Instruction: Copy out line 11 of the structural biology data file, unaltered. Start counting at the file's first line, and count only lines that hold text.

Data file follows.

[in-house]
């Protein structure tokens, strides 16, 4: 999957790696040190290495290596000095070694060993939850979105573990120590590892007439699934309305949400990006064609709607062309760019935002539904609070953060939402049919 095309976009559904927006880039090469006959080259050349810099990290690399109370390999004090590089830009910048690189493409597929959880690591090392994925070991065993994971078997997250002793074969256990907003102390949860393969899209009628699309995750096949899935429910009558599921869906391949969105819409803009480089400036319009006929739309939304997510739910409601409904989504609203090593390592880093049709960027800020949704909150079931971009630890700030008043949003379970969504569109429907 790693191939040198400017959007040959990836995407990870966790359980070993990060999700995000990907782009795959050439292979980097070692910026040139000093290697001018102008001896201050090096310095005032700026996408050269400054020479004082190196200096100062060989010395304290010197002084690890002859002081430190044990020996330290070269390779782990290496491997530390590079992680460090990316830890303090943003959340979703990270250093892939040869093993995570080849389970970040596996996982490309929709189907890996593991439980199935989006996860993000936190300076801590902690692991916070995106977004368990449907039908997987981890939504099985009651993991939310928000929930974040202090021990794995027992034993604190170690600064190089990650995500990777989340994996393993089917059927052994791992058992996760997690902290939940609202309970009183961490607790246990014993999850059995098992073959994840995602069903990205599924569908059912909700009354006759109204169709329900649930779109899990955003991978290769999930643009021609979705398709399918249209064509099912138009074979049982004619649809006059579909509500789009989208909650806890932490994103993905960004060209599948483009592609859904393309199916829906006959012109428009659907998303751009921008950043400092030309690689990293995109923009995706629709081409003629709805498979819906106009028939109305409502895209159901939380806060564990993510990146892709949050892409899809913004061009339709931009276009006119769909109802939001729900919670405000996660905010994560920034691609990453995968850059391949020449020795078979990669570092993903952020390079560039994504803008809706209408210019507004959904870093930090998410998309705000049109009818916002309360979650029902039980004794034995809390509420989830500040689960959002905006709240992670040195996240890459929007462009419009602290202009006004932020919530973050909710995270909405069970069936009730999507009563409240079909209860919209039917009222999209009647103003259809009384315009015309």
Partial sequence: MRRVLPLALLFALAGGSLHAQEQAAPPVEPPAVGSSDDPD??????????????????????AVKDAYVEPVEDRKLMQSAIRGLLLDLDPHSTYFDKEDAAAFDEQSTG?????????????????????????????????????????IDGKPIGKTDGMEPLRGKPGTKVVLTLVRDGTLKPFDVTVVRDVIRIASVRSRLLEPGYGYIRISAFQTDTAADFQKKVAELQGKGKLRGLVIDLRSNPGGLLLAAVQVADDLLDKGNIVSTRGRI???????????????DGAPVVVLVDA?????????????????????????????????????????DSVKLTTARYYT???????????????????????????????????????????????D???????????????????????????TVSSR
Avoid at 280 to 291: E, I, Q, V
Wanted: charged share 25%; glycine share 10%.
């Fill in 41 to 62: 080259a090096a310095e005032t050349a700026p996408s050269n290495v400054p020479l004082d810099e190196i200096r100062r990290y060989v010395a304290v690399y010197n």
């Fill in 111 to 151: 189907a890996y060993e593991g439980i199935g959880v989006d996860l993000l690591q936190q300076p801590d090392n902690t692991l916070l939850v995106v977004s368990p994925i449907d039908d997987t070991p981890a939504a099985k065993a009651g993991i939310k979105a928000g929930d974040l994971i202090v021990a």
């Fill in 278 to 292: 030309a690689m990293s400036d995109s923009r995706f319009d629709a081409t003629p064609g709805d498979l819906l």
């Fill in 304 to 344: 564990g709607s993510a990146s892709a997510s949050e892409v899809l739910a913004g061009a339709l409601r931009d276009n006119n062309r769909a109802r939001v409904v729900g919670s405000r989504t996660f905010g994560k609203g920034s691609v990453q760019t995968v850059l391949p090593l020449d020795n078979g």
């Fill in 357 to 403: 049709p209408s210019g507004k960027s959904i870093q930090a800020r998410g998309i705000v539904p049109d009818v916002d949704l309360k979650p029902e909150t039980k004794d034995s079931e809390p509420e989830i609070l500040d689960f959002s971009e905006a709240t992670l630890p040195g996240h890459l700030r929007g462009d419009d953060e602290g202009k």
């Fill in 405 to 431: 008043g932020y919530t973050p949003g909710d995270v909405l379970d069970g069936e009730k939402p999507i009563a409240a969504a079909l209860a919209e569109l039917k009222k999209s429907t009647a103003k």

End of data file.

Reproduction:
């Fill in 405 to 431: 008043g932020y919530t973050p949003g909710d995270v909405l379970d069970g069936e009730k939402p999507i009563a409240a969504a079909l209860a919209e569109l039917k009222k999209s429907t009647a103003k």